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The Wrong Man
The Wrong Man
Actors: Henry Fonda, Vera Miles, Anthony Quayle, Harold J. Stone, Charles Cooper
Director: Alfred Hitchcock
Genres: Drama, Mystery & Suspense
NR     2004     1hr 45min

Manny Ballestero is an honest hardworking musician at New York's Stork Club. When his wife needs money for dental treatment, Manny goes to the local insurance office to borrow on her policy. Employees at the office mistake...  more »


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Movie Details

Actors: Henry Fonda, Vera Miles, Anthony Quayle, Harold J. Stone, Charles Cooper
Director: Alfred Hitchcock
Creators: Robert Burks, Alfred Hitchcock, George Tomasini, Herbert Coleman, Angus MacPhail, Maxwell Anderson
Genres: Drama, Mystery & Suspense
Sub-Genres: Classics, Mystery & Suspense
Studio: Warner Home Video
Format: DVD - Black and White,Widescreen - Closed-captioned,Dubbed,Subtitled
DVD Release Date: 09/07/2004
Original Release Date: 12/23/1956
Theatrical Release Date: 12/23/1956
Release Year: 2004
Run Time: 1hr 45min
Screens: Black and White,Widescreen
Number of Discs: 1
SwapaDVD Credits: 1
Total Copies: 0
Members Wishing: 4
MPAA Rating: NR (Not Rated)
Languages: English, Italian, Spanish, French
Subtitles: English, French, Spanish
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Movie Reviews

One of Hitchcock's Greatest Films!
Michael Brown | Mantua, UT USA | 11/15/2000
(5 out of 5 stars)

"Just rented it and had to watch it three times. An amazing film! Where's the DVD version! This simple grim tale a man wrongly imprisoned for robbery and the heart-breaking subsequent mental breakdown of his wife will haunt you. I would argue that this film demonstrates Hitchcock's films in its purest form. No bird attacks or shriveled corpses here but then some of us who love Hitchcock's works believe they are really in the end about people and how they survive, or come to be trapped by, dire circumstances. Watch this movie along with "Vertigo," "Psycho," "The Birds," and "Marnie." Like "Psycho" and "The Birds," we see both physical and psychological imprisonment of the characters (or being caught in a kind of trap might be the relevant metaphor here) and like "Vertigo" and "Marnie," we see the overwhelming power of mental disturbance have on one's ability to control one's own life. I have found that it always helps to compare Hitchcock's films with each other as certain themes seem to occur over and over again, almost as if Hitchcock had some compusive fixation on it.I would consider this film a great tragedy."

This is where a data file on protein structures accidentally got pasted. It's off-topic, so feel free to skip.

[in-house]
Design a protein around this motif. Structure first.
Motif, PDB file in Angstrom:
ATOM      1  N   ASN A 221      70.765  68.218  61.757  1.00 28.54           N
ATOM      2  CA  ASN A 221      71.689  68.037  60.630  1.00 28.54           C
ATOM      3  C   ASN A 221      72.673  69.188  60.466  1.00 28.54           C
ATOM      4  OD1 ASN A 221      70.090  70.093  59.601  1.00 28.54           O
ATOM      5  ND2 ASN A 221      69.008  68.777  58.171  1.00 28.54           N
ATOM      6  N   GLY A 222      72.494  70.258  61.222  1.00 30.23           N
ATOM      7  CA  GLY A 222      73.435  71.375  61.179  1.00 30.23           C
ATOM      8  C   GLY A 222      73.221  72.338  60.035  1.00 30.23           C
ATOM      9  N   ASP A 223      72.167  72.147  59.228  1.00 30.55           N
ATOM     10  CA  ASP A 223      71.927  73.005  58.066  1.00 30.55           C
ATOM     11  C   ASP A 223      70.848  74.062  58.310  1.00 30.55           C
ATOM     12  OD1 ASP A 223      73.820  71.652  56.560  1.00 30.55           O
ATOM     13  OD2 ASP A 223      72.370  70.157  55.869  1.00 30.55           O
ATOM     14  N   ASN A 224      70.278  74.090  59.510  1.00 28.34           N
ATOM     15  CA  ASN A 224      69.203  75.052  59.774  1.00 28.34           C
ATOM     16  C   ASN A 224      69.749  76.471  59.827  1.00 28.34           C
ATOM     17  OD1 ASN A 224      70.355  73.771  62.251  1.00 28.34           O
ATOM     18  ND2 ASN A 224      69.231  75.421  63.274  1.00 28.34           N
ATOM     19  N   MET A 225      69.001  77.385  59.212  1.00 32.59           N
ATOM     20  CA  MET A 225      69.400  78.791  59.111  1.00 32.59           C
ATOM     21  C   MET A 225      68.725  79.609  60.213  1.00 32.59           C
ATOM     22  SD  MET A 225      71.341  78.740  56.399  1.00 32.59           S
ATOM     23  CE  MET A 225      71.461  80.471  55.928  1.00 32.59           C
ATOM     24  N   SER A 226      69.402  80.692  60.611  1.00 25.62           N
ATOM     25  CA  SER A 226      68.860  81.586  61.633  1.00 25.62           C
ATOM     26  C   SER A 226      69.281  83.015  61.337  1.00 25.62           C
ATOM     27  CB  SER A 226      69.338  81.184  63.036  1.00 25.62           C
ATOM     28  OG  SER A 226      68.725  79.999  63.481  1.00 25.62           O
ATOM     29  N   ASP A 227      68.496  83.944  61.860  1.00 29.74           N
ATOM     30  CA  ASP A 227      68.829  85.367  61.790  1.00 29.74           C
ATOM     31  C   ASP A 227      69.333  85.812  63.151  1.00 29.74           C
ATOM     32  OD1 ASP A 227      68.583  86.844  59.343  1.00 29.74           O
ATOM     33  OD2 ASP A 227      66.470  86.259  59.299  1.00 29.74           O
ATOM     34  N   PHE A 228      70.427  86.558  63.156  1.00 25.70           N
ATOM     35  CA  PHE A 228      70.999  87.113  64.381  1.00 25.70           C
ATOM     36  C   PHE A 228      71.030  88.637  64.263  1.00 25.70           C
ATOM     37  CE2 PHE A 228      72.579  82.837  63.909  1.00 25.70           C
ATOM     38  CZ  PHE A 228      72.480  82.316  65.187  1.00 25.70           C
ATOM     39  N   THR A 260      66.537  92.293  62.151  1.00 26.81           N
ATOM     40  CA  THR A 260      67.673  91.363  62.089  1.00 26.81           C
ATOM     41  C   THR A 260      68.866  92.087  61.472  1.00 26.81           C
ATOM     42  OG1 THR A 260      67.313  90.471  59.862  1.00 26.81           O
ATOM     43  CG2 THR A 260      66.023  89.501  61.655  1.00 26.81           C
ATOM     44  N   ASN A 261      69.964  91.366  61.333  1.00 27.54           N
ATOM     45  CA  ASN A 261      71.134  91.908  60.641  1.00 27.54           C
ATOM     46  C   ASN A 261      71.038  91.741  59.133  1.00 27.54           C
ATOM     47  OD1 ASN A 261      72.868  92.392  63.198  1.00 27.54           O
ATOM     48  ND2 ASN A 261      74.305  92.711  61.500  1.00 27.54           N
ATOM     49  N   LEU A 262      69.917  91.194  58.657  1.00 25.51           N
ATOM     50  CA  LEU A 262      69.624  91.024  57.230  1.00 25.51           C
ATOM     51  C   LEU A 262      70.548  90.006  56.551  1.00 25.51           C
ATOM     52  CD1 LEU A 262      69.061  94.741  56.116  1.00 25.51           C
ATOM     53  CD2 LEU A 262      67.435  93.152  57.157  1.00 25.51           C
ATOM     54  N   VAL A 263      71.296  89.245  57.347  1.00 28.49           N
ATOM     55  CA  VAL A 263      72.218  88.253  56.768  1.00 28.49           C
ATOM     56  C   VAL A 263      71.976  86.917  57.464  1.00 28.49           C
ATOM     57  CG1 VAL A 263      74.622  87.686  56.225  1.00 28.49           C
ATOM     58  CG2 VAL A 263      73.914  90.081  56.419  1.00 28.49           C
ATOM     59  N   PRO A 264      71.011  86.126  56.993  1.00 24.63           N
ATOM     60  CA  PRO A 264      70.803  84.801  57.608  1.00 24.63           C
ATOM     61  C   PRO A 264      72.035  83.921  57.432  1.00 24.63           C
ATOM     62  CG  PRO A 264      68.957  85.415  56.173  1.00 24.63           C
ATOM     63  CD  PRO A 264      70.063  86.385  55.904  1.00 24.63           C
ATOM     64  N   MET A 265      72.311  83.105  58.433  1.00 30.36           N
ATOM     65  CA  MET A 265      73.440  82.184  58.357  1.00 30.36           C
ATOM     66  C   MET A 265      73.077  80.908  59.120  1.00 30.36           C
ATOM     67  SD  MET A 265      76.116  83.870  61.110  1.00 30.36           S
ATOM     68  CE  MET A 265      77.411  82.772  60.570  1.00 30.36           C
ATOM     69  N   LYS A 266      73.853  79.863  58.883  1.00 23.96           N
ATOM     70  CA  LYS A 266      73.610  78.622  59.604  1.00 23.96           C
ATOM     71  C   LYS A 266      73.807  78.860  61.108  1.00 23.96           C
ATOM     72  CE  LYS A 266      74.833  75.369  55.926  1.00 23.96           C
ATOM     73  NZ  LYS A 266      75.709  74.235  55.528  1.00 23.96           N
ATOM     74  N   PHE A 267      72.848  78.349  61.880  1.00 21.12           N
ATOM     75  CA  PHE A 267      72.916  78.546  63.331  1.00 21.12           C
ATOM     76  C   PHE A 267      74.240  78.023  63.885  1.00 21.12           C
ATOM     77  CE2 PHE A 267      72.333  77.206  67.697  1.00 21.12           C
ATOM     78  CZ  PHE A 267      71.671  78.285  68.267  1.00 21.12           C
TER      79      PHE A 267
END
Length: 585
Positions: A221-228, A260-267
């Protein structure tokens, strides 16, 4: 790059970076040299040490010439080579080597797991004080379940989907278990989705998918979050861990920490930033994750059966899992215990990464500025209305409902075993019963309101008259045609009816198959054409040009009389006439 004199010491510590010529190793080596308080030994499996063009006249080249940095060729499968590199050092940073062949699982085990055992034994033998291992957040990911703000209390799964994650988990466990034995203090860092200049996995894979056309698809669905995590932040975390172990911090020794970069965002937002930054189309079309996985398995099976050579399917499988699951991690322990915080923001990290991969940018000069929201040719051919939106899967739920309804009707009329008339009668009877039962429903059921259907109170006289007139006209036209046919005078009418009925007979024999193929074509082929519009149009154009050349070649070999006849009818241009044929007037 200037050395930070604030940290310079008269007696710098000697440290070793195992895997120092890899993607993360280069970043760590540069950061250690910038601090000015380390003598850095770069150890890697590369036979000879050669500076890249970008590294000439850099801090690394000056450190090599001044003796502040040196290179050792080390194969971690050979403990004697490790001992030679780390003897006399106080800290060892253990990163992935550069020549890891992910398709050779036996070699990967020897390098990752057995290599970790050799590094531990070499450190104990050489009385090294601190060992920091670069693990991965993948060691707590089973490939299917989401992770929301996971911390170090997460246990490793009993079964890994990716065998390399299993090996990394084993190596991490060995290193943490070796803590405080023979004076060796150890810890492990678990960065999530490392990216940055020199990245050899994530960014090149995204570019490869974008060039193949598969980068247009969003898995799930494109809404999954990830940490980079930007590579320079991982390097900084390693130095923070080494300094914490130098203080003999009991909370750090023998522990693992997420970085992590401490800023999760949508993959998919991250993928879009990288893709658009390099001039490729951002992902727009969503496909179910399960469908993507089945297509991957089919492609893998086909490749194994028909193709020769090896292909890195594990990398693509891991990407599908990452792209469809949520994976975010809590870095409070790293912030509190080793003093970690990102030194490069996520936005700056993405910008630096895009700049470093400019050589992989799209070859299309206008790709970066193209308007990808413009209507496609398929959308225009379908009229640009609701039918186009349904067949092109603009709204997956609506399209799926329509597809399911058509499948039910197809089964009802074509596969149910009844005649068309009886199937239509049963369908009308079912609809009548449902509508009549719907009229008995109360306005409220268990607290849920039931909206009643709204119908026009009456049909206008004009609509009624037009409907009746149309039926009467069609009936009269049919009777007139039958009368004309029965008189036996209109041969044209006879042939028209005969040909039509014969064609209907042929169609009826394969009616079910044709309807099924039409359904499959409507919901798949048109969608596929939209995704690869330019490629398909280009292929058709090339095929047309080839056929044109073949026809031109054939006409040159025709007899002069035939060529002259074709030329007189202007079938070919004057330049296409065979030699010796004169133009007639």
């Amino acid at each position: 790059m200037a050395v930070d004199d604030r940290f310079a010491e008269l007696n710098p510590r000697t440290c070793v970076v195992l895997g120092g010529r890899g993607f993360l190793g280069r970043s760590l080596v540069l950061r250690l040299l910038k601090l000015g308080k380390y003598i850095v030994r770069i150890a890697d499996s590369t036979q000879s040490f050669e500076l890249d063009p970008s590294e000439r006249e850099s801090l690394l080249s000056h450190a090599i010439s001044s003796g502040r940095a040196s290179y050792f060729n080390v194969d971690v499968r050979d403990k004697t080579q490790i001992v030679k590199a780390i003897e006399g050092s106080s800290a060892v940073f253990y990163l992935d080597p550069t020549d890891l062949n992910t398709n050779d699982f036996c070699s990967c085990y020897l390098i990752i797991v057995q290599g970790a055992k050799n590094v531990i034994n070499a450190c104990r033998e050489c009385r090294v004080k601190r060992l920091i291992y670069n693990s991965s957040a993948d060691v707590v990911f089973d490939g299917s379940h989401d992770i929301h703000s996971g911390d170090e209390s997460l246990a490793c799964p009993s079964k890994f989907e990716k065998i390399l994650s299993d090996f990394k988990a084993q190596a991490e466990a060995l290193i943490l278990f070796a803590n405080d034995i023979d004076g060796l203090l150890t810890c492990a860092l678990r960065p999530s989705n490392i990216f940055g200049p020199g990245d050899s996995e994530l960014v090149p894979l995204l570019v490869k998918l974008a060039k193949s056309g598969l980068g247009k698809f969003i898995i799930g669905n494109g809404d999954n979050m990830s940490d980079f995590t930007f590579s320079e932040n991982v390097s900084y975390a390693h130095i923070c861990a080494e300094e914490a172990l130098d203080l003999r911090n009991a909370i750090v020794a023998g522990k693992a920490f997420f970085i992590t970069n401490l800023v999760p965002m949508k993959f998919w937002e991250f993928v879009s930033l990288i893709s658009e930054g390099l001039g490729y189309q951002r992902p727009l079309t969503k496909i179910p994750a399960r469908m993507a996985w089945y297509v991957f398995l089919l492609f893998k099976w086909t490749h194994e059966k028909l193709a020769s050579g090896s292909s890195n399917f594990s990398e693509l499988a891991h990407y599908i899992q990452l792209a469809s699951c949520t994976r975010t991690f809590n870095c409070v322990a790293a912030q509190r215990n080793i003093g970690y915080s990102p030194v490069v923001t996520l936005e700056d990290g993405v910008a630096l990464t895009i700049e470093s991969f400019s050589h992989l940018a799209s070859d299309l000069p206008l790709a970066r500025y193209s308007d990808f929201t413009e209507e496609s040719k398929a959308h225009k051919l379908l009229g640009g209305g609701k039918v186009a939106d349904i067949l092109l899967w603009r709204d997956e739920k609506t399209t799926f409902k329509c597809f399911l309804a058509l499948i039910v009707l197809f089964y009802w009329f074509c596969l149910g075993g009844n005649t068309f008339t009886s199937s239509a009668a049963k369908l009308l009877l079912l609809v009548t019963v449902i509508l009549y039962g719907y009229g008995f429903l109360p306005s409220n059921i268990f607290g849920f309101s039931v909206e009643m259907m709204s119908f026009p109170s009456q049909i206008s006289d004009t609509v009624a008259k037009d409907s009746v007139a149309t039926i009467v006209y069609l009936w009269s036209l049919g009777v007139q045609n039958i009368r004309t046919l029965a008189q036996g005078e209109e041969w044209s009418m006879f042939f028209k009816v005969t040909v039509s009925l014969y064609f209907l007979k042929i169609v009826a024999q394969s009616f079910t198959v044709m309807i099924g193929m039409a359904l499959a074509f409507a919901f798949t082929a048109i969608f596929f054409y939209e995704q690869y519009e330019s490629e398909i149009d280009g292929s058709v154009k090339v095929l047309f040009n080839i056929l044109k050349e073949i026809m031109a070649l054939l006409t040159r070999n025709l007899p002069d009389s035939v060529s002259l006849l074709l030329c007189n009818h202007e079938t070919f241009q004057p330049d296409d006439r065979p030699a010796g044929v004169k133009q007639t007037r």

A Man Caught in the Wheels of Justice
Michelle Lee | Bloomfield, NJ United States | 12/01/2004
(5 out of 5 stars)

"This is definitely not your typical Hitchcock. Based on a real life case of mistaken identity, we really see the cinematic magic that happens when a captivating story is told by a director with uncanny instinct and depicted by actors with tremendous scope and talent.

Fonda just blew me away with his portrayal of Manny Balestrero, a New York City club musician wrongfully accused of armed robbery. His pithy and grounded performance really gave this film a realistic and poignant feel. You feel a sympathy towards his character as he is churned through the justice system, gutted out physically and emotionally, and ultimately ends up in jail.

Vera Miles' portrayal of his wife Rose was a departure from what Hitchcock fans would expect...this is NOT the goody-goody gutsy sister of Janet Leigh in "Psycho". Vera Miles performance is startling. We see her character descend into mental instability as she places the blame of Manny's incarceration on herself.

The cinematography, of course, is excellent. Here is where Hitchcock makes his signature on an otherwise laid-out story. The backdrop of NYC lends its own gritty feel. All in all, this is a wonderfully rich film. It is an excellent contrast to Hitchcock's more sophisticated, glossy films like Vertigo and Rear Window, and the acting is simply superb.